The deleterious effects of occupational pesticide exposure (OPE) in human health are a major public health concern. Several studies showed the association between OPE and lymphohematopoietic malignancies. Association between acute myeloid leukemias (AML) and OPE is not clearly demonstrated in the published studies due to heterogeneous cohorts without control groups, in which AML are pooled with other leukemias (chronic myeloid leukemia and/or chronic lymphoid leukemia).
Our objective was to realize a stringent meta-analysis of the published case-control studies on the impact of OPE on the risk of AML in adults.
Extensive keywords strategy was performed in MEDLINE and Cochrane databases (from 1946 to 2018). We included studies meeting the following criteria: (i) case-control design; (ii) description of the general population, not restricted to one occupation; (iii) AML only; (iv) controls without cancer history. All studies were independently screened and reviewed by two authors. Design, population characteristics, adjusted odds ratio (OR) and number of exposed AML patients and controls were extracted from each study. The quality of studies was assessed with Newcastle-Ottawa scale (NOS). ORs with corresponding 95% confidence intervals (CI) were calculated using random effect models. Analyses were performed on R software using “metafor” package.
Among the 5080 extracted publications, 12 studies were included in the meta-analysis. Main exlusion criteria were irrelevant references (n = 4878), absence of control cohort (n = 57), analysis of pooled various leukemias (n = 37), missing data concerning pesticide exposure (n = 26). References were published between 1986 and 2018. Inclusions periods were heterogeneous and ranged between 1976 and 2010. Median NOS was 7 (range: 3–8). Four (33%) studies reported adjusted OR while other described number of exposed AML-patients and controls. Finally, 2981 AML patients and 248705 control subjects were analyzed. Mean age at inclusion ranged from 46 to 56 years (not reported in four studies). All pesticides exposures were occupational and assessed through interviews of self-administered questionnaires. Overall analysis showed a significant adverse association between OPE and AML (OR = 1.58; 95% CI, 1.12–2.22, Figure 1). Studies were heterogeneous (p < 10e-3, percentage of total variability due to heterogeneity (I2) = 79%). Sensitivity analysis was performed by sequentially excluding one study at a time which did not affect OR, suggesting that OR was not driven by single study effect. Absence of publication bias in our meta-analysis was shown with Funnel plot's symmetry and Egger's-test. Sequential addition of studies from the first published to the last showed that significant association was found after cumulating 8 studies from 1986 to 2010 (OR = 1.64; 95% CI, 1.11–2.41). Stratified analysis showed that the association was stronger in: (i) Asian population (OR = 1.88; 95% CI, 1.23–2.88); (ii) studies with high NOS quality score (OR = 1.80; 95% CI, 1.17–2.78); patients exposed to insecticides (OR = 1.45; 95% CI, 1.16–1.81).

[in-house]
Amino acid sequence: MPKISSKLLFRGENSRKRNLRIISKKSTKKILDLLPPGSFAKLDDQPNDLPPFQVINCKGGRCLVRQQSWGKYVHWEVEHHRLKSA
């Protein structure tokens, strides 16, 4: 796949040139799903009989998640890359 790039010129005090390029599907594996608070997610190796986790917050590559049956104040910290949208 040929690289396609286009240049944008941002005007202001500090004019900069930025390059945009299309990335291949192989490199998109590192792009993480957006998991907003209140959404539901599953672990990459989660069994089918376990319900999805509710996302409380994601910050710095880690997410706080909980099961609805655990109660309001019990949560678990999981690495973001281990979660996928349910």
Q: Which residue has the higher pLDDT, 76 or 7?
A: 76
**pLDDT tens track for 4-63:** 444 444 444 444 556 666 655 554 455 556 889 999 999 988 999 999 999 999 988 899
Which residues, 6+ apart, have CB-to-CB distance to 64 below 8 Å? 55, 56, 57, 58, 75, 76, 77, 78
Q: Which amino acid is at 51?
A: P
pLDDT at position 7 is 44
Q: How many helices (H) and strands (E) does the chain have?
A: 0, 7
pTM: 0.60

Our meta-analysis identified an adverse association between OPE and AML, even if: (i) none of the studies reported quantification of pesticide exposure; (ii) most of the studies reported unadjusted results, thus association could be partly influenced by other factors. Further sudies will have to identify the most dangerous pesticides, alone or in association (cocktail effect) and their critical exposure level.